Thursday, February 23, 2012

an open ended thank you

This is an open ended thank you to the village that helps me make these two boys men.

Thank you to the old man in the line behind me at the post office who makes my little one giggle as we wait. Thank you to the police men, fire men, ambulance drivers, and real life GI Joes that keep my children safe and remind them that superheros are, in fact, real. Thank you to the bank for the suckers, Kroger for the stickers, and to Earth Fare for not minding when we take (a few) extra samples. Thank you to the anonymous entity that keeps the sand at our park litter free. Thank you to all my mom friends who, without being asked, have loaned us a diaper, a snack, a crayon, and loved me despite my lack of preparedness. Thank you to every single driver of a cement truck, tractor trailer, garbage truck, and school bus for beeping your horn, waving, and teaching my children about community. Thank you to every seasoned mom who has ever looked my way with understanding (read: nonjudgmental) eyes when my boys were acting like boys. Thank you to everyone who has commented on their behavior and not their looks. Thank you to every doctor's office that has a toy box and not a television. Thank you to the kind neighbors who hold open the door for me and teach them how to be gentlemen. Thank you to every single person who remembered to make a big deal of the big brother when they were making a big deal about the new baby. Thank you to our mail lady and our female pediatrician for helping me make sure that they know that gender stereotypes are not applicable. Thank you to the members of our farmer's market who offer them ripe tomatoes and juicy berries for reminding me that the mess is worth it. Thank you to every store with no public restroom that has understood and let us leave our mark. Speaking of potty thank yous, thank you for turning your head when they were peeing behind a tree at the park or having their diaper changed in a far too public spot. Thank you to anyone who has ever bumped into one of them, stepped on their toes, or ran into them for teaching them politeness and forgiveness. Thank you to everyone who has smiled at them as they frowned, laughed at one of their jokes, or really listened when they talked.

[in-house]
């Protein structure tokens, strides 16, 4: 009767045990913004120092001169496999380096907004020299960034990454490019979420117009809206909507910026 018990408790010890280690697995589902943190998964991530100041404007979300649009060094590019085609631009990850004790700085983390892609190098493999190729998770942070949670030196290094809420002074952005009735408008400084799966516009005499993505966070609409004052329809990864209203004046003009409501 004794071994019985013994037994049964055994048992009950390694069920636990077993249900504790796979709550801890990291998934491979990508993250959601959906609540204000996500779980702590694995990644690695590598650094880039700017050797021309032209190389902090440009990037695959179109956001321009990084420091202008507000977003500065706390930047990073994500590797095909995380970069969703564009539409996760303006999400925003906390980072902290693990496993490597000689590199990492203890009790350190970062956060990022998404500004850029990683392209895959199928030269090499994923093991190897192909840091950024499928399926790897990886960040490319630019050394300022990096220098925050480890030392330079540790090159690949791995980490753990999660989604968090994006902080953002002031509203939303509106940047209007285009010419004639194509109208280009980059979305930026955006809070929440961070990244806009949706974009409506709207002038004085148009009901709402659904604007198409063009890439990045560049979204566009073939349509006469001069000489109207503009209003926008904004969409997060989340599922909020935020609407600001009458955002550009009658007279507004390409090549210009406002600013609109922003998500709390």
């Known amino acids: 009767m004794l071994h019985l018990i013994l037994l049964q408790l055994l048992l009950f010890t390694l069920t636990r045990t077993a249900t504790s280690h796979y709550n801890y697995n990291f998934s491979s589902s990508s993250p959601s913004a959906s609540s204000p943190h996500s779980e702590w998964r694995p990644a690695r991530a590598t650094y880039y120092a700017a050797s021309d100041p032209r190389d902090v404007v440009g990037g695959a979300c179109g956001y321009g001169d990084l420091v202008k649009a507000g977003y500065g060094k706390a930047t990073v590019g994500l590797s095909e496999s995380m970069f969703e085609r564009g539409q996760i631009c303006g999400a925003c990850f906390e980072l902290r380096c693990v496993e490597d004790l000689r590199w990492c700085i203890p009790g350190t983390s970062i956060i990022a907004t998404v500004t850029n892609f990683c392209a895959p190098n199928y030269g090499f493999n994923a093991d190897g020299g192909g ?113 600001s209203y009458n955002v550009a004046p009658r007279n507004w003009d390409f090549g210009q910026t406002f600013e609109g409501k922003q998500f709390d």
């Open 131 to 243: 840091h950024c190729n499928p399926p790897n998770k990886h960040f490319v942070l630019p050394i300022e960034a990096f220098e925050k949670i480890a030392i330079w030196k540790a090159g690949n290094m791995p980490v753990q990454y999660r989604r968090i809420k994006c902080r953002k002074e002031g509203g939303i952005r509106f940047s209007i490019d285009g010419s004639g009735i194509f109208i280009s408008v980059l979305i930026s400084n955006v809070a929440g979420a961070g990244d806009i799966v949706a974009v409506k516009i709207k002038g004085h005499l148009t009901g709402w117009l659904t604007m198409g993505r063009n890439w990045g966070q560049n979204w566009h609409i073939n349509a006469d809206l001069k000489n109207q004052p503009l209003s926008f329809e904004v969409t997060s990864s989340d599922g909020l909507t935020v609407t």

From the bottom of my heart, I sincerely hope that you understand how deeply you shape who they are. For without each of you, I am one barely together mom trying to make men out of boys. But with each of your contributions, they are being shaped into the people that we all want them to become. So thank you again. For helping me plant seeds that will last.

Monday, February 13, 2012

Let them matter

Yesterday, we had our annual Valentine's party.

This isn't an extravagant affair. Just us, some construction paper decorations, and a heart shaped pizza. I love this moment with my boys. Just the excitement on their faces that comes from the expectation and the planning and the pure joy of that still baby-like happiness.
And the real truth is, I love our little party because I feel like an awesome mom. I love being responsible for the thrill. I love how decorating cookies and making a mess with a million cut-out hearts helps me focus on creating joy within them. I have so many sweet memories of how my mom did things for us, and I want those memories for the boys.

So we are sitting around the table, and I am gloating in all my parenting perfection. I am loving the way they are thrilled with the hearts tapped to their chairs and the pink paper cups and asking for second helpings of strawberries and not Doritos. And I love how they are genuinely appreciative of all my effort. Thye notice the details; I can see them storing the memory.

Then Bodhi,"Is there something you guys are forgetting to say to me? Is there something anyone would like to tell me?"

Uh. Happy Valentine's Day. I love you. "I don't know, Bodhi, what are you looking for."

"Thank you for picking out the Sprite Zero that everyone is enjoying for the Valentine's Party."

And there you have it. His desperation to be noticed. His real desire to be appreciated.

I had given him some responsibilities at the grocery store, some choices to make for the party. And when it came time to pick the drink, he agonized. Should he go with pink lemonade or fruit punch because those are Valentine's colors? The opportunity to pick a soft drink in our house is rare though so he so carefully weighing root beer and Sprite also. And I remembering thinking, "Really, kid?" when he picked the Sprite Zero. What kid, when allowed to pick any drink chooses a calorie free option. Bodhi.

But back at the table with him, I am saying thank you. And even though I am laughing a little, because really, he just told me to mind my manners, I am floored with how important it is to make him (and his brother) feel like he matters. Because I realize that if I don't make sure that he knows it now - knows that he matters to me, knows that he is an important part of his family, a contributor - then when he is older, and trying to find his own self worth, he will look elsewhere.

Parenting 101 - make them matter.